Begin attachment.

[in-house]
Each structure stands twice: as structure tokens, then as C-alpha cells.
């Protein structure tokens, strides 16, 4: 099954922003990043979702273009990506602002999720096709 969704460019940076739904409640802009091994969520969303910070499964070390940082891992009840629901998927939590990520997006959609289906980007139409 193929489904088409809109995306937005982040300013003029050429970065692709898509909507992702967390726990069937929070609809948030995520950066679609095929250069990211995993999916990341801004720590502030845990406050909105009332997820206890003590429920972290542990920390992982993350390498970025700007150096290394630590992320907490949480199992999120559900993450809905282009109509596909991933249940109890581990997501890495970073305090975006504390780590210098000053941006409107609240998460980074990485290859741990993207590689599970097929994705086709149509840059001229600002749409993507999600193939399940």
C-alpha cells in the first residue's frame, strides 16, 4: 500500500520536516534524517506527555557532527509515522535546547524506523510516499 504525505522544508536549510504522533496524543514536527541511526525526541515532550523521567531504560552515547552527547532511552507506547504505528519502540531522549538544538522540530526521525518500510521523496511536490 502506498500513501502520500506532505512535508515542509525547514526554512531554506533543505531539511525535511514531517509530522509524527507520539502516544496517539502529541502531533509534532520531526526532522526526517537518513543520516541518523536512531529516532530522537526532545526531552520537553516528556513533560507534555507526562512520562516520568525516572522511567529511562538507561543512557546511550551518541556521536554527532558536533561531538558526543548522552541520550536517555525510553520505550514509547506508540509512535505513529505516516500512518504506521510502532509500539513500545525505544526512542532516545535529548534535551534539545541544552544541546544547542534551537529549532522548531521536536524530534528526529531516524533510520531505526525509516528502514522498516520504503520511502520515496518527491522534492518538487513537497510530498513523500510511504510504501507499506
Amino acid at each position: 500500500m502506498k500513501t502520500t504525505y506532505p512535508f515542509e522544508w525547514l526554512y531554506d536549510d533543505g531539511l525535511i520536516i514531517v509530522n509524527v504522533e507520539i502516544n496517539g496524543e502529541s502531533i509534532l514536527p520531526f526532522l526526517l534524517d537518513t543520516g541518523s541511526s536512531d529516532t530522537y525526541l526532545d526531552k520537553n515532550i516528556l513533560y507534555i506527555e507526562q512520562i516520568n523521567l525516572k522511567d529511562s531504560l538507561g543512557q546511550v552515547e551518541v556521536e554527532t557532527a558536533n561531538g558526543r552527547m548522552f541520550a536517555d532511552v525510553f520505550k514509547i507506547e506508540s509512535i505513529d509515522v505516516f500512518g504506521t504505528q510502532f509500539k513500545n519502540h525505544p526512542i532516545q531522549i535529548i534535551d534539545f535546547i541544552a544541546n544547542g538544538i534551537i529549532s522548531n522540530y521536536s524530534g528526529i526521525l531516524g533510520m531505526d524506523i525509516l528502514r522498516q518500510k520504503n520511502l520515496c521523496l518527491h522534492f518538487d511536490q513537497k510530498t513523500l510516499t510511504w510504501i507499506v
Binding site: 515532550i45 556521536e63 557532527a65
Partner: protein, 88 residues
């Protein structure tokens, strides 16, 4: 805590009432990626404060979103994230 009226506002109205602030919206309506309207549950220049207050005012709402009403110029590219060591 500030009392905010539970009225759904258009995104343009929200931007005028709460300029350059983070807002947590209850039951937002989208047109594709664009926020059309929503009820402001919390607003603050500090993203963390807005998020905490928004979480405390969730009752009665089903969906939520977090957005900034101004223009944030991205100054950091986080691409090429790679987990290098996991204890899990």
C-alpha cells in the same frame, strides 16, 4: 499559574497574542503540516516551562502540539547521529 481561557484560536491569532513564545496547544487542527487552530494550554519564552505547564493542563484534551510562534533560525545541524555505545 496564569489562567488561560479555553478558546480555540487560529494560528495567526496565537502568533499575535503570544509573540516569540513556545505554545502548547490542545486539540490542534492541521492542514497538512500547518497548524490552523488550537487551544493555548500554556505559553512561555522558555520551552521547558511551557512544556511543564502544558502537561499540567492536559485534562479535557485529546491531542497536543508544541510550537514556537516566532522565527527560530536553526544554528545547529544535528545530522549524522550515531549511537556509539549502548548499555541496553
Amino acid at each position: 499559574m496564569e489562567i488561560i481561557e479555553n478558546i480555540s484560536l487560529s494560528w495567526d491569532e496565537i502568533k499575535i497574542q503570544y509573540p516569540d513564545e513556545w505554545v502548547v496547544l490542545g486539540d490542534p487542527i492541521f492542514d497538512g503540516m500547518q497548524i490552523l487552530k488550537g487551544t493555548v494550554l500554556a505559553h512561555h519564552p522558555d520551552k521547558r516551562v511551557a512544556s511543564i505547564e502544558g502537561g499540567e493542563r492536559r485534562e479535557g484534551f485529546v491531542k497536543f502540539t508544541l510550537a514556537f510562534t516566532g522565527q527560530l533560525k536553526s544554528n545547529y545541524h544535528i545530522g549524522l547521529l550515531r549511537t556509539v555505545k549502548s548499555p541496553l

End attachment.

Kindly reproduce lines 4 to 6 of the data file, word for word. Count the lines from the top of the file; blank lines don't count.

C-alpha cells in the first residue's frame, strides 16, 4: 500500500520536516534524517506527555557532527509515522535546547524506523510516499 504525505522544508536549510504522533496524543514536527541511526525526541515532550523521567531504560552515547552527547532511552507506547504505528519502540531522549538544538522540530526521525518500510521523496511536490 502506498500513501502520500506532505512535508515542509525547514526554512531554506533543505531539511525535511514531517509530522509524527507520539502516544496517539502529541502531533509534532520531526526532522526526517537518513543520516541518523536512531529516532530522537526532545526531552520537553516528556513533560507534555507526562512520562516520568525516572522511567529511562538507561543512557546511550551518541556521536554527532558536533561531538558526543548522552541520550536517555525510553520505550514509547506508540509512535505513529505516516500512518504506521510502532509500539513500545525505544526512542532516545535529548534535551534539545541544552544541546544547542534551537529549532522548531521536536524530534528526529531516524533510520531505526525509516528502514522498516520504503520511502520515496518527491522534492518538487513537497510530498513523500510511504510504501507499506
Amino acid at each position: 500500500m502506498k500513501t502520500t504525505y506532505p512535508f515542509e522544508w525547514l526554512y531554506d536549510d533543505g531539511l525535511i520536516i514531517v509530522n509524527v504522533e507520539i502516544n496517539g496524543e502529541s502531533i509534532l514536527p520531526f526532522l526526517l534524517d537518513t543520516g541518523s541511526s536512531d529516532t530522537y525526541l526532545d526531552k520537553n515532550i516528556l513533560y507534555i506527555e507526562q512520562i516520568n523521567l525516572k522511567d529511562s531504560l538507561g543512557q546511550v552515547e551518541v556521536e554527532t557532527a558536533n561531538g558526543r552527547m548522552f541520550a536517555d532511552v525510553f520505550k514509547i507506547e506508540s509512535i505513529d509515522v505516516f500512518g504506521t504505528q510502532f509500539k513500545n519502540h525505544p526512542i532516545q531522549i535529548i534535551d534539545f535546547i541544552a544541546n544547542g538544538i534551537i529549532s522548531n522540530y521536536s524530534g528526529i526521525l531516524g533510520m531505526d524506523i525509516l528502514r522498516q518500510k520504503n520511502l520515496c521523496l518527491h522534492f518538487d511536490q513537497k510530498t513523500l510516499t510511504w510504501i507499506v
Binding site: 515532550i45 556521536e63 557532527a65